One of my first exposures to handmade pottery was high school ceramics class. I made a few interesting pieces through both handbuilding and wheel work. Through that process, I learned how difficult it can be to get a consistent result through working clay by hand.

I was in awe when in 2001, I met Paul Eshelman of Eshelman Pottery at the American Craft Council Show held every spring in St. Paul. Eshelman Pottery is functional handmade red clay stoneware with a very clean-lined, Asian-inspired aesthetic.  I purchased a few mugs that day when I met Paul, then purchased a few more, and eventually a creamer/sugar set. I have kept track of  Paul for years, as he is in MN frequently,  and love both the consistency and  the warmth of his pieces. Only after following Eshelman Pottery for a while and learning more about potters techniques, did I learn that the consistency of Eshelman Pottery is due to a form of handbuilding called slip-casting. Slip-casting  is where a liquid clay mixture is poured into a plaster mold and formed. There is still plenty of detailed handwork to be done after the piece is removed from the mold, though, and like all handmade ceramic work, it is a long process.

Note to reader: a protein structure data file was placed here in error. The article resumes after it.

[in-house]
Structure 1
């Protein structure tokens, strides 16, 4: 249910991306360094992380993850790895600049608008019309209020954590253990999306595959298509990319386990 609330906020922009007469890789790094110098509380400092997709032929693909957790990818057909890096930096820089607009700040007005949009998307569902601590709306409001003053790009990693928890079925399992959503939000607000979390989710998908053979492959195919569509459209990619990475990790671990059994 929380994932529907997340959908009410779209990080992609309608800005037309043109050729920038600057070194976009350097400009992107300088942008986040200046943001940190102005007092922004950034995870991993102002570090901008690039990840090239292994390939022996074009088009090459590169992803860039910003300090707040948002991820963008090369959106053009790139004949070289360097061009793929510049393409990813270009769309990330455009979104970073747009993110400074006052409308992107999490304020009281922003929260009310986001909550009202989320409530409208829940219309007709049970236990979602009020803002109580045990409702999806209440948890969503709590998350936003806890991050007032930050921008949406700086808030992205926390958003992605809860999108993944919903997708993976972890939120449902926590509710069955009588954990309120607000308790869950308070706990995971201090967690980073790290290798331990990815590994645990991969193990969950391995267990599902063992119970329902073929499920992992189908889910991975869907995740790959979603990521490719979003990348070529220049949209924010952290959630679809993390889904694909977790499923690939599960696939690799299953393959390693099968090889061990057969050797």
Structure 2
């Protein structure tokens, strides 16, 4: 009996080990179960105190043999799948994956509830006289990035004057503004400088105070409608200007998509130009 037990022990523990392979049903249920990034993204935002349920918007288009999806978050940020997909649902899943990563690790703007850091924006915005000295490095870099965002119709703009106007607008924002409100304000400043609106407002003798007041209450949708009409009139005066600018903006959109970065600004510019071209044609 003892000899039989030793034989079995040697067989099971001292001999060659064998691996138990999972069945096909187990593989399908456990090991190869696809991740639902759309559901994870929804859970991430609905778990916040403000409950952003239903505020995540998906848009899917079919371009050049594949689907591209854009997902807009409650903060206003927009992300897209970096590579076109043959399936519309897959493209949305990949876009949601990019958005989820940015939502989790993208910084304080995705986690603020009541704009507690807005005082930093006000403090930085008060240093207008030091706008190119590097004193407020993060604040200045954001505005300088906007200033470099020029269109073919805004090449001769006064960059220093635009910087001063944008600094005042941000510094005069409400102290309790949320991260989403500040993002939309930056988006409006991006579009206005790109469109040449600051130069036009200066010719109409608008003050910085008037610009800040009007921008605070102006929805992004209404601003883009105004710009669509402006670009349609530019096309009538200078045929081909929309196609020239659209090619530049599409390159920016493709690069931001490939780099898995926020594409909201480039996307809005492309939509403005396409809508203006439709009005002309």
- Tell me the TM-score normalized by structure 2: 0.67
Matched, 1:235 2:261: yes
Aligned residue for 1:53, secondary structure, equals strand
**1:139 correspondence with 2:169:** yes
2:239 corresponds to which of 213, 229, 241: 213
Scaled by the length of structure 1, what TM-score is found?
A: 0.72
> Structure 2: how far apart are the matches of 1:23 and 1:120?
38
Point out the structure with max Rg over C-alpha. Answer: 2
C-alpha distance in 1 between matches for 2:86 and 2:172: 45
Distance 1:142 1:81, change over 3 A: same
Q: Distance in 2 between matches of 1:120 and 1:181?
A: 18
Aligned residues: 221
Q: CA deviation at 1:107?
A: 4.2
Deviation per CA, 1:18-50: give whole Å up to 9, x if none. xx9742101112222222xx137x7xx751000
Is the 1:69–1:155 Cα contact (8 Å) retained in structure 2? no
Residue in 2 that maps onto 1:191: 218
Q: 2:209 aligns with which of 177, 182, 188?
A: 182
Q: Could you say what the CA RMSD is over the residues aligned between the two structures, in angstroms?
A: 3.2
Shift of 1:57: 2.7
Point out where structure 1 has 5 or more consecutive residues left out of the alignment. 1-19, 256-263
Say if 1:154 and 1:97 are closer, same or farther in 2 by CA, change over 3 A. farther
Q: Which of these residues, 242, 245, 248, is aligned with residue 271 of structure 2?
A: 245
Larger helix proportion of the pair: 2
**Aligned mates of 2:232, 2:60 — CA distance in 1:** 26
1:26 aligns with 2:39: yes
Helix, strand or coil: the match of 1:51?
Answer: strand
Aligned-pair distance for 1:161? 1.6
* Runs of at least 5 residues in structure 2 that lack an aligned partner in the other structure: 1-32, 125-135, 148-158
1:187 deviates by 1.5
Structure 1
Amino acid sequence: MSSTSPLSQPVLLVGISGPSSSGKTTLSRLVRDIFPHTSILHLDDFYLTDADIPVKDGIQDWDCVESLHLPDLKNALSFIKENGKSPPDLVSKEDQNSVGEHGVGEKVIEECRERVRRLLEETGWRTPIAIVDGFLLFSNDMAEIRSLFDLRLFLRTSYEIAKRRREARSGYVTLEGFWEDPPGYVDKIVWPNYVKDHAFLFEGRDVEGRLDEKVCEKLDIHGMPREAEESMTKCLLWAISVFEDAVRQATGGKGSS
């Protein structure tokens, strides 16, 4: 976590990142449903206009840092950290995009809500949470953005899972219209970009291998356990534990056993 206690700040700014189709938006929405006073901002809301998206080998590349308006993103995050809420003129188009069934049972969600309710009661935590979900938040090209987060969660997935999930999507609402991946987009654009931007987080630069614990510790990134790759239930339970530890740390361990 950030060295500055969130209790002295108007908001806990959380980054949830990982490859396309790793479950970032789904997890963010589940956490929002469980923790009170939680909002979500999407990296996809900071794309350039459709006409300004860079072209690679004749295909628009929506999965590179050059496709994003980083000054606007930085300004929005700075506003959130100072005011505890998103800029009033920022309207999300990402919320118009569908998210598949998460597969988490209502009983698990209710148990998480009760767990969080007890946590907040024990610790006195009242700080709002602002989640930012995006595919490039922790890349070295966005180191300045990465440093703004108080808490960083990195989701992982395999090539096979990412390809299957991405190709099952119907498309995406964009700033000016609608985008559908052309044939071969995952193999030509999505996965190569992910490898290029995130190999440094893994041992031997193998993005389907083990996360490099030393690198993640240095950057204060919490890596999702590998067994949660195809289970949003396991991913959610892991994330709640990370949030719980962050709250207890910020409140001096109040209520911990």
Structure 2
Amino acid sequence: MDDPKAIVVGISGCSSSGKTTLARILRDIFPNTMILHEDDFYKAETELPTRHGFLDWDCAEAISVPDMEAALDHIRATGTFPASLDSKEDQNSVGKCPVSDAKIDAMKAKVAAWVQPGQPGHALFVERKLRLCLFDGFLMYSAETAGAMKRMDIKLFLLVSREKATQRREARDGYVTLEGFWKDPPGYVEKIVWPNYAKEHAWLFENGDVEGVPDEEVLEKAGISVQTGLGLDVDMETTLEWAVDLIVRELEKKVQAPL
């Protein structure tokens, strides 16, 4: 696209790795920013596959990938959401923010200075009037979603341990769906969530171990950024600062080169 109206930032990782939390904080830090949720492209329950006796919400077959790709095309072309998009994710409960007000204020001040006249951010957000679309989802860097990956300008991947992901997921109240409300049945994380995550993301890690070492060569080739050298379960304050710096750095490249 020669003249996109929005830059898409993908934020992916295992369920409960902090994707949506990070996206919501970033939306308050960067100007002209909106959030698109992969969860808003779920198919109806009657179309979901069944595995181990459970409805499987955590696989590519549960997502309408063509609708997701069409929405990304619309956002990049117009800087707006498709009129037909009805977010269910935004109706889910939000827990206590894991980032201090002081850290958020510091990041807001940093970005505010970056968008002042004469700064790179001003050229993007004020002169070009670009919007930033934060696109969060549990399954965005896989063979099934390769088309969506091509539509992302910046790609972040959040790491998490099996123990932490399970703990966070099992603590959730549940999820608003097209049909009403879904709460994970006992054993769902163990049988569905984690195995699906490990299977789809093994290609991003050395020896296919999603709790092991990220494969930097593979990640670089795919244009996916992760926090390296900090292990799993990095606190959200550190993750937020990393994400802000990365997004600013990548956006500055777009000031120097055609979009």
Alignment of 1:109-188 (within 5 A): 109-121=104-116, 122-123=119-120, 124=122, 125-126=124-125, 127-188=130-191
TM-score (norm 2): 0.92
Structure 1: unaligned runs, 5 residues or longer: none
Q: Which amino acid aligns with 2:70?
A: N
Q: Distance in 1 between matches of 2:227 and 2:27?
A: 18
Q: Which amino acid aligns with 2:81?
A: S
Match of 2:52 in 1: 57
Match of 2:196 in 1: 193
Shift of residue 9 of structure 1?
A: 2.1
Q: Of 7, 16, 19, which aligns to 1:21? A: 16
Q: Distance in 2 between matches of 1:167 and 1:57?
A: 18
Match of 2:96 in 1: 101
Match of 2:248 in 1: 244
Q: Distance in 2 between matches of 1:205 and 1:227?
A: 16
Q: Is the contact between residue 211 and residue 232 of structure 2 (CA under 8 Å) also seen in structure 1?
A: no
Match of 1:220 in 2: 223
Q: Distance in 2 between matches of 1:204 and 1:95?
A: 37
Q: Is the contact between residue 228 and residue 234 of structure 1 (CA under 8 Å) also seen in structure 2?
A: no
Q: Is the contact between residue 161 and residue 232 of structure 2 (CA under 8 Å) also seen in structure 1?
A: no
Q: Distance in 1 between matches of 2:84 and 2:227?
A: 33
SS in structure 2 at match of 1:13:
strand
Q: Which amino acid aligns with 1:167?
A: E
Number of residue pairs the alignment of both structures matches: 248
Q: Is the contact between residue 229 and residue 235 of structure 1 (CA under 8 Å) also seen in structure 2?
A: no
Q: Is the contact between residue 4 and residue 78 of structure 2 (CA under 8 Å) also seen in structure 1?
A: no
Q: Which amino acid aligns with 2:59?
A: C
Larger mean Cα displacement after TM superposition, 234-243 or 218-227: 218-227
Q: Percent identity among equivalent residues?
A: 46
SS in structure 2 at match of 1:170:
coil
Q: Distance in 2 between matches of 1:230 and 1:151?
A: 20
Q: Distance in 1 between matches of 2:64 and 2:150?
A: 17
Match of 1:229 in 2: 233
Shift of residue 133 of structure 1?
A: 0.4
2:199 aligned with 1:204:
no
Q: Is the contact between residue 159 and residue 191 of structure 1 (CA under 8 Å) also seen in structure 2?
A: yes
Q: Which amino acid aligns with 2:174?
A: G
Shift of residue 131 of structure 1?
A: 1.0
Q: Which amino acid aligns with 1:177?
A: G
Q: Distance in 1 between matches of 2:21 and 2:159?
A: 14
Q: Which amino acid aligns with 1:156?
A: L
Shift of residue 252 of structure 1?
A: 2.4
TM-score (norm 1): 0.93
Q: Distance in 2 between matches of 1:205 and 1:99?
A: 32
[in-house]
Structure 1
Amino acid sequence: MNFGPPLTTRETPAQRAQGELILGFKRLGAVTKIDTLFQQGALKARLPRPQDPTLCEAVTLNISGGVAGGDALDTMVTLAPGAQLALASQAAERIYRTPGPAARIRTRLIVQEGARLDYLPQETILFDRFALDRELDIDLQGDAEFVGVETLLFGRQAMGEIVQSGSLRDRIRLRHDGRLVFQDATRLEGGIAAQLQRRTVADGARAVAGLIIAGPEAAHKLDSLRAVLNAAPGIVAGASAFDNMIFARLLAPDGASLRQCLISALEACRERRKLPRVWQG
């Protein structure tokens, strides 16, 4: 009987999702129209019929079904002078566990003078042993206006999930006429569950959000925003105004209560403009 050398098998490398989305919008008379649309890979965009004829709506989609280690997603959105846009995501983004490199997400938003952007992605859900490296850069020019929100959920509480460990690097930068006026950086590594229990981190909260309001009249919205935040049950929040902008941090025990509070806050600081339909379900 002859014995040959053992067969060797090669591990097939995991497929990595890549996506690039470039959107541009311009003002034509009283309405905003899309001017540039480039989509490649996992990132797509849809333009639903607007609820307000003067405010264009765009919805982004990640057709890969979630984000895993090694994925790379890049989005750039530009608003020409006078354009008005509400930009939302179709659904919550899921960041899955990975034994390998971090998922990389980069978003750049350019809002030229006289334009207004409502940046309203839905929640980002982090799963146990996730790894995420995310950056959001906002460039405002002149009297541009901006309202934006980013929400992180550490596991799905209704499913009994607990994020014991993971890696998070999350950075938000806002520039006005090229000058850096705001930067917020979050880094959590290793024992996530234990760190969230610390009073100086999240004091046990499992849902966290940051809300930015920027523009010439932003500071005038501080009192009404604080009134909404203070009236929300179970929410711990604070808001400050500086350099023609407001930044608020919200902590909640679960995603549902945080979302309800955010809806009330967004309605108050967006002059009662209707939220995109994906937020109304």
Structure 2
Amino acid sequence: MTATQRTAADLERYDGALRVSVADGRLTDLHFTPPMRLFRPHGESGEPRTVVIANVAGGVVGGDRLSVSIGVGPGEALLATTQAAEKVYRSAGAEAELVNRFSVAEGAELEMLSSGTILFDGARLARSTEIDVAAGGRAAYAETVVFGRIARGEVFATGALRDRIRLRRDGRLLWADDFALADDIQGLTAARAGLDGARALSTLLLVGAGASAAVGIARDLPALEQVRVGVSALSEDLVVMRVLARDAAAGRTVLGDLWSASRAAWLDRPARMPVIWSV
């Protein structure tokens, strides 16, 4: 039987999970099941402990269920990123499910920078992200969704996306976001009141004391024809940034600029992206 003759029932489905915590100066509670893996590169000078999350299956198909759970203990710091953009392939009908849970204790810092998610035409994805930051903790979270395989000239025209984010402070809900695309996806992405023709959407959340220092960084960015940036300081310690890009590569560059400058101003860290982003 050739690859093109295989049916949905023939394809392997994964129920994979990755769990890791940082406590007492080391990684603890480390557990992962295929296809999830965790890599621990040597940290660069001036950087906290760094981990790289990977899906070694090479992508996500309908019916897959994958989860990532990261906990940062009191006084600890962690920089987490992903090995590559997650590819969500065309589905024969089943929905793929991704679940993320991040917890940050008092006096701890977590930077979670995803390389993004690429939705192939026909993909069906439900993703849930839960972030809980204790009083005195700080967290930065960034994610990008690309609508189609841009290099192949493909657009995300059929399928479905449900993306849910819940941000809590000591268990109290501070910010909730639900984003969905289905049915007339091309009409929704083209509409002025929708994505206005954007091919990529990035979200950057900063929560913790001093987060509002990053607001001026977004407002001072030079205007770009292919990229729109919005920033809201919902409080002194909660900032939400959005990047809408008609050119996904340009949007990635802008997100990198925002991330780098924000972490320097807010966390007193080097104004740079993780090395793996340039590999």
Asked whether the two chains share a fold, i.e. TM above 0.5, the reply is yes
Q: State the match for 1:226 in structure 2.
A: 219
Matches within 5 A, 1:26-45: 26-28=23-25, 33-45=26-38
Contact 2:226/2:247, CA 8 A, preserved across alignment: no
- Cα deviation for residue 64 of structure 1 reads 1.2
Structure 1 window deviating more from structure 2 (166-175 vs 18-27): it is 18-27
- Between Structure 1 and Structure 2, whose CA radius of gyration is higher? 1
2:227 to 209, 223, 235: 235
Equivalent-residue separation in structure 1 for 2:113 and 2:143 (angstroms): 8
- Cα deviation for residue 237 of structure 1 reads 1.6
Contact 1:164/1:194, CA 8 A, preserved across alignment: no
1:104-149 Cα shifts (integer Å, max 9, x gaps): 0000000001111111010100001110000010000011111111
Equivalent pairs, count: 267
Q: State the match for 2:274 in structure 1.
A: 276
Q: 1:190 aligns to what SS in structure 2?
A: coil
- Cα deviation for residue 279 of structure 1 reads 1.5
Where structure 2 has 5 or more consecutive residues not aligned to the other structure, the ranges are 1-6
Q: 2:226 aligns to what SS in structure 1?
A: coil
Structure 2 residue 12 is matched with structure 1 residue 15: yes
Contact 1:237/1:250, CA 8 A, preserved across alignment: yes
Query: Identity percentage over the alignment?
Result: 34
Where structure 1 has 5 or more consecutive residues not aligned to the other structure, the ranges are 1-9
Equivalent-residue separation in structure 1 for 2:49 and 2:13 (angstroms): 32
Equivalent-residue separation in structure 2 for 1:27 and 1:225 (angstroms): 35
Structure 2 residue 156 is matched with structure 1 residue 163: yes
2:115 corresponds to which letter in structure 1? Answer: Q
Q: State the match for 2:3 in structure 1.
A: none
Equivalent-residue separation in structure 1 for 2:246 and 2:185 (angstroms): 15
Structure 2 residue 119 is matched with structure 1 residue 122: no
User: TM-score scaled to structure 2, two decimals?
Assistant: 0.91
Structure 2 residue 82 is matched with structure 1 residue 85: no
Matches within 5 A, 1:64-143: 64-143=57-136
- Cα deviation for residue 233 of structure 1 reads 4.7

Just today I was looking through a trade website and I see Paul Eshelman featured on the cover of a studio materials magazine. As I dig further, I learn that Paul was also featured in the Ceramics Monthly June/July/August 2009 issue. Great to see all of your exposure Paul!  I love Eshelman Pottery!

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